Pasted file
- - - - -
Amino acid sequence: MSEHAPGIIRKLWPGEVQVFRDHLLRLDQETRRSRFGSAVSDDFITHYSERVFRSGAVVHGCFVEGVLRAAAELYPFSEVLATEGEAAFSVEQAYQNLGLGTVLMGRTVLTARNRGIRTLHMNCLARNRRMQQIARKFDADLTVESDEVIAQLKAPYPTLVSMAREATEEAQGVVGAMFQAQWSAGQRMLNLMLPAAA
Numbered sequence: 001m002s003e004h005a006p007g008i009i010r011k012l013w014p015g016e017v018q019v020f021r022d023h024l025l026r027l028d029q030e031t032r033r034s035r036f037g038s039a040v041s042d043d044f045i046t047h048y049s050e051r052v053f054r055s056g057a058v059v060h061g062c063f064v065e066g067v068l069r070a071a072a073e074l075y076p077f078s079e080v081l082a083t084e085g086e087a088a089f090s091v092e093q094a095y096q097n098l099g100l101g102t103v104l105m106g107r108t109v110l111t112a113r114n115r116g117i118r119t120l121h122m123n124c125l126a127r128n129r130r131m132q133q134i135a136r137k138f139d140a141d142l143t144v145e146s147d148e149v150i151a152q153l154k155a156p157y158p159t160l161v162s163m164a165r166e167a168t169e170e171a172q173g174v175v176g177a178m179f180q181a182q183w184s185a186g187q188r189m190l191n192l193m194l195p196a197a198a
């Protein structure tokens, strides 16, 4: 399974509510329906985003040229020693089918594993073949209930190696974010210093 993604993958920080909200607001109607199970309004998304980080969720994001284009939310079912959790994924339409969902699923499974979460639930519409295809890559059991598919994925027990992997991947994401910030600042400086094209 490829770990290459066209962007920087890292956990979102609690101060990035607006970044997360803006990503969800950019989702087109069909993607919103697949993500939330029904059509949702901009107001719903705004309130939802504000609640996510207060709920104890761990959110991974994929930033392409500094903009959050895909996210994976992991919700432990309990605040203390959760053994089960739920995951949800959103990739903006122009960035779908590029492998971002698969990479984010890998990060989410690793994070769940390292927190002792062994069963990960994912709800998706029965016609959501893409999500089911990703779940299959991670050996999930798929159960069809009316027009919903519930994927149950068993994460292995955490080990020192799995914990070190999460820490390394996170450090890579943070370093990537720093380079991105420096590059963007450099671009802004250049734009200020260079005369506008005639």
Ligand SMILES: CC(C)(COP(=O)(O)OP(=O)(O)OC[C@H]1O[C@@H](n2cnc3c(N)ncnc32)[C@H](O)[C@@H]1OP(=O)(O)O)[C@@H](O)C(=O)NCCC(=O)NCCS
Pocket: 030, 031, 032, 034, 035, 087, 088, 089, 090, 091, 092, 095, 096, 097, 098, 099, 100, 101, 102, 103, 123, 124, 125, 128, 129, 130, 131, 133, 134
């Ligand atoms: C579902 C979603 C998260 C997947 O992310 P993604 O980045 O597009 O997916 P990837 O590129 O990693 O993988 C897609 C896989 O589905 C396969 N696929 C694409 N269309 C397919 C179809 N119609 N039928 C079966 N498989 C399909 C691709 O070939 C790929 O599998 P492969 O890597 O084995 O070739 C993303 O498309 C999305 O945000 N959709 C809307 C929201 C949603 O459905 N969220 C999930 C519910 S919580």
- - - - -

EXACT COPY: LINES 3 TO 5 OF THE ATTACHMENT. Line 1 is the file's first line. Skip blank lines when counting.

């Protein structure tokens, strides 16, 4: 399974509510329906985003040229020693089918594993073949209930190696974010210093 993604993958920080909200607001109607199970309004998304980080969720994001284009939310079912959790994924339409969902699923499974979460639930519409295809890559059991598919994925027990992997991947994401910030600042400086094209 490829770990290459066209962007920087890292956990979102609690101060990035607006970044997360803006990503969800950019989702087109069909993607919103697949993500939330029904059509949702901009107001719903705004309130939802504000609640996510207060709920104890761990959110991974994929930033392409500094903009959050895909996210994976992991919700432990309990605040203390959760053994089960739920995951949800959103990739903006122009960035779908590029492998971002698969990479984010890998990060989410690793994070769940390292927190002792062994069963990960994912709800998706029965016609959501893409999500089911990703779940299959991670050996999930798929159960069809009316027009919903519930994927149950068993994460292995955490080990020192799995914990070190999460820490390394996170450090890579943070370093990537720093380079991105420096590059963007450099671009802004250049734009200020260079005369506008005639």
Ligand SMILES: CC(C)(COP(=O)(O)OP(=O)(O)OC[C@H]1O[C@@H](n2cnc3c(N)ncnc32)[C@H](O)[C@@H]1OP(=O)(O)O)[C@@H](O)C(=O)NCCC(=O)NCCS
Pocket: 030, 031, 032, 034, 035, 087, 088, 089, 090, 091, 092, 095, 096, 097, 098, 099, 100, 101, 102, 103, 123, 124, 125, 128, 129, 130, 131, 133, 134